Why You Should Go: Tofino is more of a community than a tourist destination. That feature enriches it with a depth of authenticity missing from many coastal locales with luxury hotels, boat tour operators and fine restaurants. You will get to know the people here, as well as their culture and the history of this region that remains vitally important to First Nations communities as well as the artisans who have worked hard to maintain its character. While there is definitely a sophistication to Tofino in its vibrant restaurant scene and the quality of its spa experiences, it is not lavish. It celebrates the luxury of its surroundings as well as any location in North America.
Vacay.ca Editor Adrian Brijbassi Writes: "When I first visited Tofino in 2003, there were few restaurants besides the opulent Pointe at the Wickaninnish Inn. Now, the city is teeming with choice establishments, including Wolf in the Fog, the year-old hot spot run by former Wick Inn chef Nicholas Nutting. SoBo remains a standout and the original Tacofino food truck does heavy business daily. For a village with a population of only 2,000 people, Tofino eats exceptionally well."
4. IVVAVIK NATIONAL PARK, Yukon
What's Happening in 2016: Exploring the Canadian Arctic is one of our country's iconic adventure travel experiences. But until recently it was prohibitively expensive for many travellers. Now, visitors to remote northern parks like Ivvavik can take advantage of Parks Canada's Basecamp program to spend up to a week immersed in epic, austere natural grandeur without breaking the bank because Parks Canada now handles flight logistics, removing the costly need to charter a plane, as well as providing comfortable, catered campsites.
Why You Should Go: On Parks Canada's Ivvavik adventure you'll fly over the massive Mackenzie Delta in an iconic Twin Otter bush plane into the heart of the rugged ridges and peaks of the British Mountains that once formed part of a vast ice-free land mass called Beringia. You'll then spend several days exploring this hiker's paradise of pristine alpine wilderness intercut by fast-flowing rivers when not relaxing at your comfortable Arctic basecamp under the midnight sun.
Situated in Yukon's northwest corner, adjacent to the Beaufort Sea and Alaska's Arctic National Wildlife Refuge, Ivvavik is the largest of North Yukon's five wilderness parks. Meaning "a place for giving birth, a nursery" in the language of the Inuvialuit, this vast swath of jagged peaks and winding river valleys where the tundra meets the taiga (boreal forest) was the first national park in Canada to be created as a result of an aboriginal land claim agreement. It protects the habitat and calving grounds of the Arctic's renowned Porcupine caribou herd. The Gwich'in and Inuvialuit people of North Yukon have occupied this land for centuries and depend on the herd for food and other traditional uses.
Vacay.ca Contributor Mark Sissons Writes: "Ten-thousand square kilometres of pristine northern Canadian wilderness that only sees around 100 human visitors a year. That's what I call magnificent isolation. Ivvavik is one of the planet's most breathtaking and remote trekking destinations, now made more affordable to experience thanks to fly-in access and a basecamp run by Parks Canada."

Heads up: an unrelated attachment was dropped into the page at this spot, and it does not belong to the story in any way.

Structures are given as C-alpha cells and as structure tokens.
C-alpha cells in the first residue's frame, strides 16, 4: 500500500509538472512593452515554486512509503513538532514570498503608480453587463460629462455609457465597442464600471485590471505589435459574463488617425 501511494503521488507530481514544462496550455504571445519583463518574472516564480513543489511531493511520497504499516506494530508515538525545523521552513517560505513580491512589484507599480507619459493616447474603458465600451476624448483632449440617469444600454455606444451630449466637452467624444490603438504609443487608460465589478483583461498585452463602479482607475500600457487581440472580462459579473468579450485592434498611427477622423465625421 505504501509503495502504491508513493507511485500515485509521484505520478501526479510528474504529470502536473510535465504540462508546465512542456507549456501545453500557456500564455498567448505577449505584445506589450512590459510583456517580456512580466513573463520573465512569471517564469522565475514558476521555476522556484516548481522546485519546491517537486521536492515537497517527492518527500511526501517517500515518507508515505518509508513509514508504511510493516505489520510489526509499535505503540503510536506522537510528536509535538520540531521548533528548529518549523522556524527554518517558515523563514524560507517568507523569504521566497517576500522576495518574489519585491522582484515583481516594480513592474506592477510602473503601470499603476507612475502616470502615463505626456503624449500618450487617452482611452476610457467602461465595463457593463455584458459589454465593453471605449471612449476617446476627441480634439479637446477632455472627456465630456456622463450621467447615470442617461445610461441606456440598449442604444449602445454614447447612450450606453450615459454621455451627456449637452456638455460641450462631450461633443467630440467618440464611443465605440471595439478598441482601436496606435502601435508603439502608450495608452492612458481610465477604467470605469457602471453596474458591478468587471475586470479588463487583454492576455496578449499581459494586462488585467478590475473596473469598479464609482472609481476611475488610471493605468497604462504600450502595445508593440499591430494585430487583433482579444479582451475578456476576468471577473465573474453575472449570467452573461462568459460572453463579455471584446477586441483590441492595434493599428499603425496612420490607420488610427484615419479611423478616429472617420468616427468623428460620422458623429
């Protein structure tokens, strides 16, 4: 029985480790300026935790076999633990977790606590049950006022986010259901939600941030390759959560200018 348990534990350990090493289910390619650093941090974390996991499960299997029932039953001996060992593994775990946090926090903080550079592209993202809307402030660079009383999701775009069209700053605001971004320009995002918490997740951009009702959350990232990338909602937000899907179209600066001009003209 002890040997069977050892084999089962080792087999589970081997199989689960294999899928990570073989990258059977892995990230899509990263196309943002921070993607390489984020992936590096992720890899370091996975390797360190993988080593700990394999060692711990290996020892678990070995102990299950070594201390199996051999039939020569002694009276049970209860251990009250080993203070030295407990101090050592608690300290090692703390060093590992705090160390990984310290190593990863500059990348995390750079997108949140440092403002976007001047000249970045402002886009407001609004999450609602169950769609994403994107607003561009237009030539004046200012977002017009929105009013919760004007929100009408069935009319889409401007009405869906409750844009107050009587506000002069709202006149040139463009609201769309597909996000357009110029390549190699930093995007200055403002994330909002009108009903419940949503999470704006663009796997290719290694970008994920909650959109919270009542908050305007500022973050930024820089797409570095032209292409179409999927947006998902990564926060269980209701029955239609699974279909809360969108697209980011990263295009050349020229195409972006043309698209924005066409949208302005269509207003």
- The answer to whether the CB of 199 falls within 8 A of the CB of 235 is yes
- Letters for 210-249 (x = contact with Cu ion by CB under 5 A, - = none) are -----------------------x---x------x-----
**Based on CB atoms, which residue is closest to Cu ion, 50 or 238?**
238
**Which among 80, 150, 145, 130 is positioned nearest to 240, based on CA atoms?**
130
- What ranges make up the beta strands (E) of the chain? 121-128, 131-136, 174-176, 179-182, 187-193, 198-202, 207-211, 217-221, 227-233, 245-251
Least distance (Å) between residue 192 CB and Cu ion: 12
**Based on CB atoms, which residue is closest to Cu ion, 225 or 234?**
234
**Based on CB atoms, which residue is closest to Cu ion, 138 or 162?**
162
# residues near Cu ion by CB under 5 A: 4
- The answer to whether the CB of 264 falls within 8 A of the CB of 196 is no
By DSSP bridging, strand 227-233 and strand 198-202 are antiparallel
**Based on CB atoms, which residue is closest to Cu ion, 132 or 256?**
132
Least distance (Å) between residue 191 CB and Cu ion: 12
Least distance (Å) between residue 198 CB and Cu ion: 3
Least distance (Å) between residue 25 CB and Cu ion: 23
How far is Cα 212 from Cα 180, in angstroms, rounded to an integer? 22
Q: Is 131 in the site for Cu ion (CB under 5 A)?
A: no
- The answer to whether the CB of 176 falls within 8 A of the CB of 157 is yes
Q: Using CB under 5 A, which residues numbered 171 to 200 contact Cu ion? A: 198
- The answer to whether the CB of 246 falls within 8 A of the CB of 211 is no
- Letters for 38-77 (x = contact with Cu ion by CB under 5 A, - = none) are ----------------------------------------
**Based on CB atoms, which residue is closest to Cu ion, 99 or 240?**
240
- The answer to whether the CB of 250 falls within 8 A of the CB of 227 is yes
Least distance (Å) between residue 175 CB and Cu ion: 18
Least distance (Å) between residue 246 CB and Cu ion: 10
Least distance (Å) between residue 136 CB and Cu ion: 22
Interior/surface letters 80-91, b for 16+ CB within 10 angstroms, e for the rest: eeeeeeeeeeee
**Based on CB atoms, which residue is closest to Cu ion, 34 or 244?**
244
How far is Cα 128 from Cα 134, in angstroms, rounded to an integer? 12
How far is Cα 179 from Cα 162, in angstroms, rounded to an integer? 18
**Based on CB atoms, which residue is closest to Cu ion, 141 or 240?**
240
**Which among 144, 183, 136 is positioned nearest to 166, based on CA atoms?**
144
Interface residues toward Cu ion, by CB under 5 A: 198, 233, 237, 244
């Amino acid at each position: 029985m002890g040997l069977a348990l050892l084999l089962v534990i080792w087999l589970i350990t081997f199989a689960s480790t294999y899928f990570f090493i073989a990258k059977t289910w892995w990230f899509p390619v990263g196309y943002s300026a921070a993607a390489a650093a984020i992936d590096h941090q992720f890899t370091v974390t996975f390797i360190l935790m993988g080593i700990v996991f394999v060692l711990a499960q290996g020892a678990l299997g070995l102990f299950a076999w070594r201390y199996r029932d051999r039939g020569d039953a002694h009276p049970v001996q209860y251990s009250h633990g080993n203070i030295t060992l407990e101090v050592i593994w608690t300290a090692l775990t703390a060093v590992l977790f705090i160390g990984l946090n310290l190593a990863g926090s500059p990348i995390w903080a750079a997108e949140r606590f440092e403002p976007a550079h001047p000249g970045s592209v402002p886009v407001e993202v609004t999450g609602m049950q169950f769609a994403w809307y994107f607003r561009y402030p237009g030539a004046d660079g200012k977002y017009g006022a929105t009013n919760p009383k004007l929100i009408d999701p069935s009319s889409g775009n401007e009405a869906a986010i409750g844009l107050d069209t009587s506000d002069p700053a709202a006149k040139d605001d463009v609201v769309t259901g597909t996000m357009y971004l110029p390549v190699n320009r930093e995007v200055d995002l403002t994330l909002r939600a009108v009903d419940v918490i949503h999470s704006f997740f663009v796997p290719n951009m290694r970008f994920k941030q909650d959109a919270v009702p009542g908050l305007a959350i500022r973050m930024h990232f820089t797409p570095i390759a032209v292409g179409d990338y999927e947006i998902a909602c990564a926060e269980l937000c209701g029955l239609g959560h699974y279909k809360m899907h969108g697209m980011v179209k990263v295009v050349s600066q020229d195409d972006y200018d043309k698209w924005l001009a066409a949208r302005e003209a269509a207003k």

5. TORONTO, Ontario
What's Happening in 2016: Sports and more sports. Toronto is known for many things -- restaurants, museums, festivals, fashion and movie stars -- but with the success of the 2015 Pan Am Games, the city has truly established a reputation as a sport tourism destination and 2016 will be no different.
The big surprise is the Toronto Blue Jays, aka Canada's Team, that jolted the baseball world and united the entire country with a jaw-dropping season that saw the Boys in Blue come within two victories of reaching the World Series. If the Blue Jays, who will be celebrating their 40th anniversary in 2016, can have similar success as they enjoyed last year then Toronto is in for a very exciting October.
It's a good time to be a fan of Canada's other team, the Toronto Raptors, who are currently holding on to first place in the Atlantic Division. Great news but there is another reason why it's a good time to be a hoops fan in Canada -- the NBA All-Star Weekend, will take place in Toronto from February 12-14. Expect fans to descend on Toronto to see the best players in the world show their stuff on Canadian hardwood.
Besides baseball and basketball, Rogers Centre will also be hosting the 104th Grey Cup on November 27. To top it all off, Toronto will host of the World Cup of Hockey (September 17 to October 1), featuring more than 150 of the NHL's best players.
Why You Should Go: Toronto was the Vacay.ca top pick to visit in 2015, driven in no small part because of the successful Pan Am Games that electrified the city. Toronto continues to be one of the most important cities in the world for major sporting events. There are many wonderful reasons to visit the city, but sports, culture and shopping will be what drives tourism to the Ontario capital in 2016.
Vacay.ca Deputy Editor Rod Charles Writes: "This year you can expect great things in Toronto and there's something for everyone. The best basketball players in the world are coming here, and the Grey Cup is back in Toronto. Throw in the Blue Jays and the World Cup of Hockey and in my mind, there's no city I would rather be in than Toronto."